Review by Ian Keogh
Electrosensitivity is a condition afflicting many thousands around the world, yet barely recognised by medical authorities whose faith is in tests largely funded by vested interests. The number of sufferers has increased enormously over the last thirty years, and while the primary source of their discomfort is radio waves from phone technology, there are also other forms.
This is all news to Lily, the narrator of Everywhere Antennas, who’s not previously been able to diagnose why she suffers from migraines and other odd symptoms. Our insight into her world comes via diary entries and accompanying illustrations as her inner turmoil about a forthcoming teaching exam and several not entirely harmonious relationships spills out. This is all supplied as hand-written entries in constantly changing coloured pencils, indicating the inner child that’s never really escaped, yet references to her childhood are brief and understated.
Almost the entire book is Lily’s viewpoint, with others only detailed via her perceptions, so the reader is presented with a choice. We can take Lily’s worldview as essentially true, and sympathise accordingly, or we can take an analytical approach and peer through her journal entries for a deeper glimpse at her character. There is, of course, a third choice, but if the content is autobiographical, why use the Lily alias?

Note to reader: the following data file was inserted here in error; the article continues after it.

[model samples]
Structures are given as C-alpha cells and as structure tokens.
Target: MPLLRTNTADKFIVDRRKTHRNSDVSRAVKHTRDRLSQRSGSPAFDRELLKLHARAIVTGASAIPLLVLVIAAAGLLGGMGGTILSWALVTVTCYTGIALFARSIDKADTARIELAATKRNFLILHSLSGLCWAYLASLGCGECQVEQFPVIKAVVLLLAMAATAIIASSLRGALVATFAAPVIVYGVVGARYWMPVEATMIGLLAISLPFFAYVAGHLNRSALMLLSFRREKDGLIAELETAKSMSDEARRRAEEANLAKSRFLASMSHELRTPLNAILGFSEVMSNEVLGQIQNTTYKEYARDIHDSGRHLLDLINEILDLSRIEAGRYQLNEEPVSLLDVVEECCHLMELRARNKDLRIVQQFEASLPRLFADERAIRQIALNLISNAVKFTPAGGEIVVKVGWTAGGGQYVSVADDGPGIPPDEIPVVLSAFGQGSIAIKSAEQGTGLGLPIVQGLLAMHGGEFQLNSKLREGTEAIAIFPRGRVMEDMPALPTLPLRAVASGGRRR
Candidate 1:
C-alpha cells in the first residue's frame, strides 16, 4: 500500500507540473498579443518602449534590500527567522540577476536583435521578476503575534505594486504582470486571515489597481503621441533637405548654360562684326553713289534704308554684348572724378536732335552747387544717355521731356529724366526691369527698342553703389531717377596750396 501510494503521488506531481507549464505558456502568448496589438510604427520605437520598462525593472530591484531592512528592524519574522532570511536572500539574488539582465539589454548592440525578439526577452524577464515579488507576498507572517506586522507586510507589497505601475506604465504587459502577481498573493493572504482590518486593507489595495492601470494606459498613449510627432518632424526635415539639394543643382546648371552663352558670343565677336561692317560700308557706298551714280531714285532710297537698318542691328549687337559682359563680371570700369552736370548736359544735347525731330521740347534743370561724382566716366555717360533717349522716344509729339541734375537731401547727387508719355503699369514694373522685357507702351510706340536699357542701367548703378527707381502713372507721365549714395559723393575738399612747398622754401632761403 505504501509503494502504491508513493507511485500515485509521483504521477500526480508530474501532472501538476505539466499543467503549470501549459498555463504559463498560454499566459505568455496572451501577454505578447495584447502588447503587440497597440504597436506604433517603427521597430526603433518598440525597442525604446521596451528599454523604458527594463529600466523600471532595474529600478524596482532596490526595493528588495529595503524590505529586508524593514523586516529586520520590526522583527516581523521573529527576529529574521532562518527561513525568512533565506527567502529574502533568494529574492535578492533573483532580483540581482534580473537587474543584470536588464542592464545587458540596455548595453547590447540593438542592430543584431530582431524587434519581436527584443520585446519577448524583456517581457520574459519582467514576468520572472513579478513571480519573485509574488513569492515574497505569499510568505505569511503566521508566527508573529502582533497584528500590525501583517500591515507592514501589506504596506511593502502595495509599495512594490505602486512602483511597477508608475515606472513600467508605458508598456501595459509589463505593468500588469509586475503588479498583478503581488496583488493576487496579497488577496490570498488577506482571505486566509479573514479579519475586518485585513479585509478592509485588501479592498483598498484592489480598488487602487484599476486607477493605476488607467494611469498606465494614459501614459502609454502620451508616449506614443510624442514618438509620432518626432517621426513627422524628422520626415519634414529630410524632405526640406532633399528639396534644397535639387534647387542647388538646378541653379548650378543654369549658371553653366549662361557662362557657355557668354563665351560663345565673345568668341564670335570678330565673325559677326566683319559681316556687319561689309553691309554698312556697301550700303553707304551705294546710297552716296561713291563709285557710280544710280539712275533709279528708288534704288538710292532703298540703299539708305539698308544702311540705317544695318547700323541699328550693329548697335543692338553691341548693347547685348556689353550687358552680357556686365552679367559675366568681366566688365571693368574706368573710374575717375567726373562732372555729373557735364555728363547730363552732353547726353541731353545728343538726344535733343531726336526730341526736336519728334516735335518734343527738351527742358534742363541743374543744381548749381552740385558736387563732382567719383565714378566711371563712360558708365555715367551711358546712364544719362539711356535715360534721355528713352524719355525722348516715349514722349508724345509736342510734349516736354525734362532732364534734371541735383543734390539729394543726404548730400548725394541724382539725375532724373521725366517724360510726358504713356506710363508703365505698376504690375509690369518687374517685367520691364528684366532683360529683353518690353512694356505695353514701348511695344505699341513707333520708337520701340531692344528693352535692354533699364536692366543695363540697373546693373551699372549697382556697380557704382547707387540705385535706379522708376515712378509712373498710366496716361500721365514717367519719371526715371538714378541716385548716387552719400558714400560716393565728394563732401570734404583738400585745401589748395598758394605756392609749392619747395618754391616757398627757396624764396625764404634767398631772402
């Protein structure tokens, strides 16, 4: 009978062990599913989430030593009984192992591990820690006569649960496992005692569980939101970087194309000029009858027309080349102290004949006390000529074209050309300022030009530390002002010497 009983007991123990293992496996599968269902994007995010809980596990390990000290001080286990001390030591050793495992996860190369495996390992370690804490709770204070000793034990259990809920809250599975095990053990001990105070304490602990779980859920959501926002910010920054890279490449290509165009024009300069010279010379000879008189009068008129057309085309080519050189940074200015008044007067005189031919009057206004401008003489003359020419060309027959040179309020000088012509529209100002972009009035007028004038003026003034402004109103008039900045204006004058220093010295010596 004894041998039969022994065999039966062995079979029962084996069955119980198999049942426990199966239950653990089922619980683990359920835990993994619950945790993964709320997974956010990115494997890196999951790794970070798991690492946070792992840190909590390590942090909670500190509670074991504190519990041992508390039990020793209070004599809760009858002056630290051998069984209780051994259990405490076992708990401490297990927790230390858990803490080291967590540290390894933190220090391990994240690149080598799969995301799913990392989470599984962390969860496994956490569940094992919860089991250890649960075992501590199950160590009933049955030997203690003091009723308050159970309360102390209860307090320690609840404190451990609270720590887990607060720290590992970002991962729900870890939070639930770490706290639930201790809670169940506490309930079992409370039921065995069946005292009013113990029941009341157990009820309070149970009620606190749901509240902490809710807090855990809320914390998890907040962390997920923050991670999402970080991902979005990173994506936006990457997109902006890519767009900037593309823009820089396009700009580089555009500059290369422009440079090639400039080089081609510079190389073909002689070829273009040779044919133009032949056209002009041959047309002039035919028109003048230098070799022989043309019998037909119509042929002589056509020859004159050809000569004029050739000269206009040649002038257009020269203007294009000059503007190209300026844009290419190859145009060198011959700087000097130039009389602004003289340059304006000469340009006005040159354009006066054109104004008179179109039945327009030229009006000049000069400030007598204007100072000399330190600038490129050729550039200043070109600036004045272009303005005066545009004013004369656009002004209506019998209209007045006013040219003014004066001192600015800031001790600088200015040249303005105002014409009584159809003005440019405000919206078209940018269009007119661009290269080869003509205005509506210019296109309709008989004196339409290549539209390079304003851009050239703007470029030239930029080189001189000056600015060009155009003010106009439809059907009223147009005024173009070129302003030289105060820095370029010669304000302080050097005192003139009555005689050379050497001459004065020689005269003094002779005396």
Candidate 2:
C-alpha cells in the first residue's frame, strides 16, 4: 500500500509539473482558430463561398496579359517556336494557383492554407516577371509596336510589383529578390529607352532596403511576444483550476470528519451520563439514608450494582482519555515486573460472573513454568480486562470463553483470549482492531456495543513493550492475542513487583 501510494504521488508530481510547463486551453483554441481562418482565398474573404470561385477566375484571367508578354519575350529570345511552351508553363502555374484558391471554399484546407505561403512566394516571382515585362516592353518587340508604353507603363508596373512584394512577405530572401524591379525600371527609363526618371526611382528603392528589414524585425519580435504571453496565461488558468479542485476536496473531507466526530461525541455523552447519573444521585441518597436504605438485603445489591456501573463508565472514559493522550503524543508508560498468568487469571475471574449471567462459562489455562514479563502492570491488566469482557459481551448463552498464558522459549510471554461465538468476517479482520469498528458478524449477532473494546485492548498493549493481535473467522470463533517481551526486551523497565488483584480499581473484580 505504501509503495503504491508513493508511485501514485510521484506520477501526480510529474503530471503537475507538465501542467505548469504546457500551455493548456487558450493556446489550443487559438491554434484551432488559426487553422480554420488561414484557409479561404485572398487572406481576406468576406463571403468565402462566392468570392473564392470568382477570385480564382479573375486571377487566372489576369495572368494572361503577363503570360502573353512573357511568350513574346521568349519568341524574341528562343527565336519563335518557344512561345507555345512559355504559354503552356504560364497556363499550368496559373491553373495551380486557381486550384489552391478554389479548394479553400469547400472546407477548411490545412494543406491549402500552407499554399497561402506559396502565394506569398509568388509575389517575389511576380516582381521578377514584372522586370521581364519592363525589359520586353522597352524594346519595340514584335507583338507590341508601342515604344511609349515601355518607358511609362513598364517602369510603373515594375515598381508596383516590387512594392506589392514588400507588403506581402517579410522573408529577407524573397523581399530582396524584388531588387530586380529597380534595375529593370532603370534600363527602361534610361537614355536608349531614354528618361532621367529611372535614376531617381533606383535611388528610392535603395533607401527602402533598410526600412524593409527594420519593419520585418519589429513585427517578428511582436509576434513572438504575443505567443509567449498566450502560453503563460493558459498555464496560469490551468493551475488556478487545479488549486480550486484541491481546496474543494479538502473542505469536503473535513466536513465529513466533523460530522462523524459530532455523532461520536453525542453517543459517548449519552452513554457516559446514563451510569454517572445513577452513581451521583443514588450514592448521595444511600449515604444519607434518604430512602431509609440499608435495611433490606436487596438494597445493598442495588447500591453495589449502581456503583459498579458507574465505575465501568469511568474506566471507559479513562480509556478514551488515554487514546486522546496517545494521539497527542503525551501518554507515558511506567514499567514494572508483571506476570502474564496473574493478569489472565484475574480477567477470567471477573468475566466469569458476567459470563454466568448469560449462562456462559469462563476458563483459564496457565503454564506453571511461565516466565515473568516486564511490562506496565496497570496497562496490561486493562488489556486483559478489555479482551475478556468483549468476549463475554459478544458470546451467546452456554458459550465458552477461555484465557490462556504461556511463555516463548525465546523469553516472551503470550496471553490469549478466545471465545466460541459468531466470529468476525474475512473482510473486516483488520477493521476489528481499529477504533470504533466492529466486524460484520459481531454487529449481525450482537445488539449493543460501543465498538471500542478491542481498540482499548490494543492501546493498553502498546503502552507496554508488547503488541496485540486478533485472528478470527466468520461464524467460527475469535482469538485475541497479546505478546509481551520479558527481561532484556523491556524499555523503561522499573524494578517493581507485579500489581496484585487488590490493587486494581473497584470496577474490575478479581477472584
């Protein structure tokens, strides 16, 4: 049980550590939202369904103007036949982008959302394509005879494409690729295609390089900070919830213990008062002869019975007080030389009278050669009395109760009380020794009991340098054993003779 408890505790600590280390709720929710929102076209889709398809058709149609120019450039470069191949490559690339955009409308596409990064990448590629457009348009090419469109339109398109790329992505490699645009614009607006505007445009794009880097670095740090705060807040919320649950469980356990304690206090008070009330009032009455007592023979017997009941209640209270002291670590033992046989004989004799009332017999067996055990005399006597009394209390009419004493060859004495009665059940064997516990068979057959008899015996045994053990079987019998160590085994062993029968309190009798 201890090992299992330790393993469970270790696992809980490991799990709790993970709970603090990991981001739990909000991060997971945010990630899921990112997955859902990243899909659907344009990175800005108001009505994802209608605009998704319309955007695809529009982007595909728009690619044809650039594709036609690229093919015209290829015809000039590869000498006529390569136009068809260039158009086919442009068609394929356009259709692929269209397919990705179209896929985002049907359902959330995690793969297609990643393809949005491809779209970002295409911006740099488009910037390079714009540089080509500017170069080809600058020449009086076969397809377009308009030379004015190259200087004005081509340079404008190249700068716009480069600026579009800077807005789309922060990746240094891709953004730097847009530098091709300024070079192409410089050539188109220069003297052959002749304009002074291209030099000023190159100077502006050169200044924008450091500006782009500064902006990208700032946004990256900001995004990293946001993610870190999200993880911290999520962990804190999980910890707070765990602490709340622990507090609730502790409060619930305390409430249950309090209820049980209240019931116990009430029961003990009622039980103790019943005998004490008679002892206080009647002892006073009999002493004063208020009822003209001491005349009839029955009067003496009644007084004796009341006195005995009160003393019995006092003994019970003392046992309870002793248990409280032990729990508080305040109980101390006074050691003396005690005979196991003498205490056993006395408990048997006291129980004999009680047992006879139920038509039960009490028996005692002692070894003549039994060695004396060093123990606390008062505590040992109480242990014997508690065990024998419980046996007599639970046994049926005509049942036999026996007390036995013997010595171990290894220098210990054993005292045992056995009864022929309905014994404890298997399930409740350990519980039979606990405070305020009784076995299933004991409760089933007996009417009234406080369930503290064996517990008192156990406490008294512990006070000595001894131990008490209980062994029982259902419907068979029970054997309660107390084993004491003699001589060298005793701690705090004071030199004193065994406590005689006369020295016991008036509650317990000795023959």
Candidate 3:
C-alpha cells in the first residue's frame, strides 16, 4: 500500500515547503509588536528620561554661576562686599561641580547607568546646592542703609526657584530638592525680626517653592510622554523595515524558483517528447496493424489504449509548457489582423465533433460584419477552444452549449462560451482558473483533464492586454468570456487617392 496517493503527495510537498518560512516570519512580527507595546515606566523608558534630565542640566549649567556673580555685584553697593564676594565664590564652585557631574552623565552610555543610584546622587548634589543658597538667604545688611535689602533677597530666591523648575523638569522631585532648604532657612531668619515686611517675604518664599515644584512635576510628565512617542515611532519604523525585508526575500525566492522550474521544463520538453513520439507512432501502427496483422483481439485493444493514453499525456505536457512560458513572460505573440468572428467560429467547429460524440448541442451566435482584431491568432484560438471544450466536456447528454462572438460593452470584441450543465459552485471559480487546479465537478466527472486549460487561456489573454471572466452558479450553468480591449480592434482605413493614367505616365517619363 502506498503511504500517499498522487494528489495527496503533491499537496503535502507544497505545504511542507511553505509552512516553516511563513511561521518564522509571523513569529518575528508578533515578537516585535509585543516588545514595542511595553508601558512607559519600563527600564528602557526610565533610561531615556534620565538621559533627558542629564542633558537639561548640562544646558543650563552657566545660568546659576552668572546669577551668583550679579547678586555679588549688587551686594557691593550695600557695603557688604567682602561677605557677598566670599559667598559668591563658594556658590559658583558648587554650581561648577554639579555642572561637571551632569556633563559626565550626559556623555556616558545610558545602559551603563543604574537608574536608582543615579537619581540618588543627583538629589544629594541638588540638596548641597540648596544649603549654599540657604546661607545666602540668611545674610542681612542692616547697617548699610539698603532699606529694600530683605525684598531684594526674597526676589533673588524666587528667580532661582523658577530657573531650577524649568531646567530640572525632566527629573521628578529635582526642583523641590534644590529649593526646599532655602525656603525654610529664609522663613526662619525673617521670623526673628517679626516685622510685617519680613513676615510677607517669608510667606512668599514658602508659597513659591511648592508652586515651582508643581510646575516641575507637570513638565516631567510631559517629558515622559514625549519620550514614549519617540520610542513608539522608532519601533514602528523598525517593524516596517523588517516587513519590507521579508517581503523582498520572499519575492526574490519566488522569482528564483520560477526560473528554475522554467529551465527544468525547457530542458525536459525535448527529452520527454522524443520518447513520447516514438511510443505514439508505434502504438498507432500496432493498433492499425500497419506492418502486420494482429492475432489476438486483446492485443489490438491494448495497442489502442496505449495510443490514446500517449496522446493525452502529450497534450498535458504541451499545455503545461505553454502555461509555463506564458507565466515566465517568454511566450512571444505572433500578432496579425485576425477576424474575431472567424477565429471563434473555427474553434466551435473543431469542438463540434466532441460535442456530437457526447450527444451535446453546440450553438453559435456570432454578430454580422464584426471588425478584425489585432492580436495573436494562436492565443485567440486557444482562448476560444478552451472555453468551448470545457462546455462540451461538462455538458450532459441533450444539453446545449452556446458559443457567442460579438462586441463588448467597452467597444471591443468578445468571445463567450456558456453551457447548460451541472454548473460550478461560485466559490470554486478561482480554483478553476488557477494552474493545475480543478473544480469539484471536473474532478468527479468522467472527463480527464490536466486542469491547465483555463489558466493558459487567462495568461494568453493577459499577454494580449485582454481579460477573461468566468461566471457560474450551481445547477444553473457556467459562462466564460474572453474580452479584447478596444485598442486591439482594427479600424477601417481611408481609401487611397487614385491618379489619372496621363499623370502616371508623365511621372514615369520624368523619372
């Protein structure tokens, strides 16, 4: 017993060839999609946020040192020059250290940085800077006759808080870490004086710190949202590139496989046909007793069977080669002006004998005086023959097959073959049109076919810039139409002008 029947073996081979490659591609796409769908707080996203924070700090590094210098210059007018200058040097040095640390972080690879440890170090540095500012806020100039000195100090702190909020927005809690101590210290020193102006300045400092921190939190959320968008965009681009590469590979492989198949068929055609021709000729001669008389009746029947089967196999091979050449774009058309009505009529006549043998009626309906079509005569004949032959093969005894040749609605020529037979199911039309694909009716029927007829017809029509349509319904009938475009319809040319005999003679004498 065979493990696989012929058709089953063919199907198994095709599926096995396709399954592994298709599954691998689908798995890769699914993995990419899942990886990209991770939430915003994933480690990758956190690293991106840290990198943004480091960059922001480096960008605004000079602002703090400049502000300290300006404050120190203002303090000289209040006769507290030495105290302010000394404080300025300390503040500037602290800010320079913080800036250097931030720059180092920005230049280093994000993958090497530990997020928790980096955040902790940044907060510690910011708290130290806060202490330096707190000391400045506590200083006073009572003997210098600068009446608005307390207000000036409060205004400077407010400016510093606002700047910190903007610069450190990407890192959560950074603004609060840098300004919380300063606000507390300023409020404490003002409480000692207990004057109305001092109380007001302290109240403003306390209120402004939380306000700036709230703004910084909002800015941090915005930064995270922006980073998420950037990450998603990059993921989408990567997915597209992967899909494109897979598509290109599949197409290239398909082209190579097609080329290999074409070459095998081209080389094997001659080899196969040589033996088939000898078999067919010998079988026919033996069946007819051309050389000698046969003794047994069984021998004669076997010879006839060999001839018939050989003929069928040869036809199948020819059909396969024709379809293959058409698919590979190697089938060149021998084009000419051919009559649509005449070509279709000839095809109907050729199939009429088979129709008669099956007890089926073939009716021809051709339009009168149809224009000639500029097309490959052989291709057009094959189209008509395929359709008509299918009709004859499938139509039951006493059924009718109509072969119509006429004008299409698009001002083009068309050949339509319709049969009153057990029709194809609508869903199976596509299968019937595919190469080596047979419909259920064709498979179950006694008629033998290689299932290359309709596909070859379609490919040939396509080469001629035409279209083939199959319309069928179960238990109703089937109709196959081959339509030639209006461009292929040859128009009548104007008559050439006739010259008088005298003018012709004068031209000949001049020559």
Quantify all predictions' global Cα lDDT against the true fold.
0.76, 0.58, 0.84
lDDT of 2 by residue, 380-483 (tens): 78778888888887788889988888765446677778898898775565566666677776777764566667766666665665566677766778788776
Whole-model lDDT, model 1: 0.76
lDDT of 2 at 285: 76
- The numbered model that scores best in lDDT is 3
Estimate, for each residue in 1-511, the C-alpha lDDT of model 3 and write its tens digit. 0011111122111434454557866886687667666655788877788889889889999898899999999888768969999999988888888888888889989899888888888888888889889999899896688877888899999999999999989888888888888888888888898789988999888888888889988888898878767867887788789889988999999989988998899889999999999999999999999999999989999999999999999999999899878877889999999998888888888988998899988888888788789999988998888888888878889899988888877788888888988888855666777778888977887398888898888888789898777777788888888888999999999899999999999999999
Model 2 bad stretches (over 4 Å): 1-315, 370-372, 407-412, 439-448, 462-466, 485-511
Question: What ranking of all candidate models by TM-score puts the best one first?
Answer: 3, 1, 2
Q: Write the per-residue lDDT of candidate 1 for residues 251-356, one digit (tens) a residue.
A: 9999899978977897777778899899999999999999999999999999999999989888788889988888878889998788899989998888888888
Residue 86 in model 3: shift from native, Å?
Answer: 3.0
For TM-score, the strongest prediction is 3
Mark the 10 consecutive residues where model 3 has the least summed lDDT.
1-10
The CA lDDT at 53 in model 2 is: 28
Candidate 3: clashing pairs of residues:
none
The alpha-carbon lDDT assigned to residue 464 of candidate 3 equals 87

We become so used to the journal’s fragmentary approach that it’s a surprise to reach a middle section illustrated as traditional comics in a grey wash when Lily meets a fellow sufferer. The change in format enables conversation, but the woman is for some reason depicted as a human woman with a cat’s head.
Lily flits from place to place, engaging in a simpler existence in more remote areas to avoid further illness, and among her journal entries are moments of poignancy and isolation that tug at the heartstrings. These, though, are vastly outweighed by frustration at the whimsical and hollow core of Everywhere Antennas. It’s a rapid read, yet says relatively little. While some illustrations have a charm, they’re as wispy as the text, brief rudimentary studies distinguished only by the use of colour rather than black and white linework. This is exemplified by the wilfully uncommercial cover. The child-like illustration almost screams “put the book back on the shelf”.
There is an appeal here, but it’s very limited.